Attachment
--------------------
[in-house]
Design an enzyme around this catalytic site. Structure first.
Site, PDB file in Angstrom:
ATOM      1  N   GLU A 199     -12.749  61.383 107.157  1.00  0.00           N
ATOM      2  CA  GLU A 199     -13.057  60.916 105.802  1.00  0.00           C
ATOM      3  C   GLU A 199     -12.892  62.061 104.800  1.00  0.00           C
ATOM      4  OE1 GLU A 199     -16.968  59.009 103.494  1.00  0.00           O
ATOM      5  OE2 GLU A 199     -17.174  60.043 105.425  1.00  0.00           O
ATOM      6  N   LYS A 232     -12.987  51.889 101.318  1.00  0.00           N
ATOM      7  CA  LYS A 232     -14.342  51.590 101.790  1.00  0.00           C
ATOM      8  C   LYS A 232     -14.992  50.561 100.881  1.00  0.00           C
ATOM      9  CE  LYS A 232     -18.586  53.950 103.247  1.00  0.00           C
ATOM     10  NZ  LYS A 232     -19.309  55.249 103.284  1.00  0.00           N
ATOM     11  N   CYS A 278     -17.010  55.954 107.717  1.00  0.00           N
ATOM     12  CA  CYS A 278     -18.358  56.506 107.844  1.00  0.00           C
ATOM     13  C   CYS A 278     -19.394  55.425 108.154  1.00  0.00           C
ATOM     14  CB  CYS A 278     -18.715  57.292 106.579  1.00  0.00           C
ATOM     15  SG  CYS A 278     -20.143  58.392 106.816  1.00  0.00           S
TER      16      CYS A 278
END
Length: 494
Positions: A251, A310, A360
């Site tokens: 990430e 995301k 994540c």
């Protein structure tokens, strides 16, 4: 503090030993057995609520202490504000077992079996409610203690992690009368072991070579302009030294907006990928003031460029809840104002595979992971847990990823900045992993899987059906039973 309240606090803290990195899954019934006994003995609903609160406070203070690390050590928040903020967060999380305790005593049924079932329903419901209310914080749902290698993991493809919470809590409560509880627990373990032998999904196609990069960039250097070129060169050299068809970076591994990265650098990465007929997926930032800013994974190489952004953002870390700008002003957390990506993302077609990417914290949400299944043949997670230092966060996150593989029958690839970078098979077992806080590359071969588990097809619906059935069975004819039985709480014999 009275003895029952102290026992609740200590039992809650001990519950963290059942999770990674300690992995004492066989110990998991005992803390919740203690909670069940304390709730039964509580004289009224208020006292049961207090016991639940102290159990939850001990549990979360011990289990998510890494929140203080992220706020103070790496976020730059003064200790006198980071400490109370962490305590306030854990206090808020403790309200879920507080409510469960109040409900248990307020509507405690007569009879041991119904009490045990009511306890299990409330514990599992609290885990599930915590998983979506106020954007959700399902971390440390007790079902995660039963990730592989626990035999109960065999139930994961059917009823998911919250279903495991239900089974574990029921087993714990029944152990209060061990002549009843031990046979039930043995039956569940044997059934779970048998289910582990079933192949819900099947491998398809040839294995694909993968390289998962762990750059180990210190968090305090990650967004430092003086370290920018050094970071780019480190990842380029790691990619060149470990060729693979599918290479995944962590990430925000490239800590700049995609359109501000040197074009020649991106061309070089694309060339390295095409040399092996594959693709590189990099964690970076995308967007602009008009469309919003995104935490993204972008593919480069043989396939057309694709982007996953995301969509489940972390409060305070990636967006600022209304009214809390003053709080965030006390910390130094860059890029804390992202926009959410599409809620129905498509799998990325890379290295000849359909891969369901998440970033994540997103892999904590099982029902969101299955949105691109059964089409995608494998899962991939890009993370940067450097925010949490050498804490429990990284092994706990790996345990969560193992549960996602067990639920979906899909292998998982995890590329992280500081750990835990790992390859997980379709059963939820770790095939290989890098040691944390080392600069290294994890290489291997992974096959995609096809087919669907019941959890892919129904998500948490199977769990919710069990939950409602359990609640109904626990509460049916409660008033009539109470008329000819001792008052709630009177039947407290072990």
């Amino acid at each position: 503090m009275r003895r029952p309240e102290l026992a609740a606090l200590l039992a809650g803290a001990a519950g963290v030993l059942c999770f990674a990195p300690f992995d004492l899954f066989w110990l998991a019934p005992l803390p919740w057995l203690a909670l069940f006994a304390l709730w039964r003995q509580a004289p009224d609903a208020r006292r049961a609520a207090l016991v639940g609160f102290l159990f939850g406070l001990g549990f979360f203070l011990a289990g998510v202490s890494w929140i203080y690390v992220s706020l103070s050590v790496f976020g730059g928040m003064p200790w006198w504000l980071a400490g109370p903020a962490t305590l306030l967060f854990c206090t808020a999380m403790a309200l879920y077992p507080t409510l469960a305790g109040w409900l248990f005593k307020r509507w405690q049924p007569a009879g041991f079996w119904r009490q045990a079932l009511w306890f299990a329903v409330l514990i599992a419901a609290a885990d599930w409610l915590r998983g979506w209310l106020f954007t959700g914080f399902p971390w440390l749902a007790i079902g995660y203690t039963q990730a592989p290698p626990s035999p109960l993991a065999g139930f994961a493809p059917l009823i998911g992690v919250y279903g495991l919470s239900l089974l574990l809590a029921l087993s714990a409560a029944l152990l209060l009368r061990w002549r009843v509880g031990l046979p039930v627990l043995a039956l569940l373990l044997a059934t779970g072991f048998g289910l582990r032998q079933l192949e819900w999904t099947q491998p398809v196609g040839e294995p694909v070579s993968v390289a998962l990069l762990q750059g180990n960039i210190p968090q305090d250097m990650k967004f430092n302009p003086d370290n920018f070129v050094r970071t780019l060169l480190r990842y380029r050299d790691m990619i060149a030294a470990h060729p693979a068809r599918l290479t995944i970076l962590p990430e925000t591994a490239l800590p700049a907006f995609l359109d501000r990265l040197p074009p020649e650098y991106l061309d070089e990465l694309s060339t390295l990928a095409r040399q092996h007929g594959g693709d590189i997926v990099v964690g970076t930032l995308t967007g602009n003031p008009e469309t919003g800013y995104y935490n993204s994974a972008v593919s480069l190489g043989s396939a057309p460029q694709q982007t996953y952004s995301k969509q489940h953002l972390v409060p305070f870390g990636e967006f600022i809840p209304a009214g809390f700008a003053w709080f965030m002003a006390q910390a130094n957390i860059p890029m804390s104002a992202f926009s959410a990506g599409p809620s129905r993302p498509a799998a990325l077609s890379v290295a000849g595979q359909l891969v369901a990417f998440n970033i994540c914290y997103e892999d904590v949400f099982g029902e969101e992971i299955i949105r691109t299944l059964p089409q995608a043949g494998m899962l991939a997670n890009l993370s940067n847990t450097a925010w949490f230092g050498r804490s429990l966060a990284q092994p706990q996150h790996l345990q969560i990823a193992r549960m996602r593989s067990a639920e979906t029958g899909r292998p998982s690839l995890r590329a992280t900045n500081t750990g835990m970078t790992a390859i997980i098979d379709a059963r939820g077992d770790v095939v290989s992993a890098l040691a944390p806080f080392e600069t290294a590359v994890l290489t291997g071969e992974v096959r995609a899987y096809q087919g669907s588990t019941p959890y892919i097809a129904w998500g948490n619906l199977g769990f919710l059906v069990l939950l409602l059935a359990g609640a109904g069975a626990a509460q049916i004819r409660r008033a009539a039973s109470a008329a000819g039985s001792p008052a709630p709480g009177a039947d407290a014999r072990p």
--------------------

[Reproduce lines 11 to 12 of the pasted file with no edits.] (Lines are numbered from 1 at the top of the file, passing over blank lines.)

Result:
ATOM      8  C   LYS A 232     -14.992  50.561 100.881  1.00  0.00           C
ATOM      9  CE  LYS A 232     -18.586  53.950 103.247  1.00  0.00           C